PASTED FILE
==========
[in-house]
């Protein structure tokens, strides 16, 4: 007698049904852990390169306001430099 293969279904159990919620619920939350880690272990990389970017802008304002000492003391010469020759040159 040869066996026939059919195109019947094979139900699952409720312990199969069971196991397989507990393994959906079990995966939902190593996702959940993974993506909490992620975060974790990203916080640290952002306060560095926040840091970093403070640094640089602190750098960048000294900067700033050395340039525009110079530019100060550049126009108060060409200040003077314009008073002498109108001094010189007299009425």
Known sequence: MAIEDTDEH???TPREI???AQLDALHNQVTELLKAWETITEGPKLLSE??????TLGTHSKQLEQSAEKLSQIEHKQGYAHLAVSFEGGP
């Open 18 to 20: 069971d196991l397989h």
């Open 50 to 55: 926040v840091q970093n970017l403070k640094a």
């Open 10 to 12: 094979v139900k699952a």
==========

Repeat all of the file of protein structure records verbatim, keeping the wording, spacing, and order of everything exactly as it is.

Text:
[in-house]
């Protein structure tokens, strides 16, 4: 007698049904852990390169306001430099 293969279904159990919620619920939350880690272990990389970017802008304002000492003391010469020759040159 040869066996026939059919195109019947094979139900699952409720312990199969069971196991397989507990393994959906079990995966939902190593996702959940993974993506909490992620975060974790990203916080640290952002306060560095926040840091970093403070640094640089602190750098960048000294900067700033050395340039525009110079530019100060550049126009108060060409200040003077314009008073002498109108001094010189007299009425």
Known sequence: MAIEDTDEH???TPREI???AQLDALHNQVTELLKAWETITEGPKLLSE??????TLGTHSKQLEQSAEKLSQIEHKQGYAHLAVSFEGGP
């Open 18 to 20: 069971d196991l397989h």
């Open 50 to 55: 926040v840091q970093n970017l403070k640094a």
């Open 10 to 12: 094979v139900k699952a």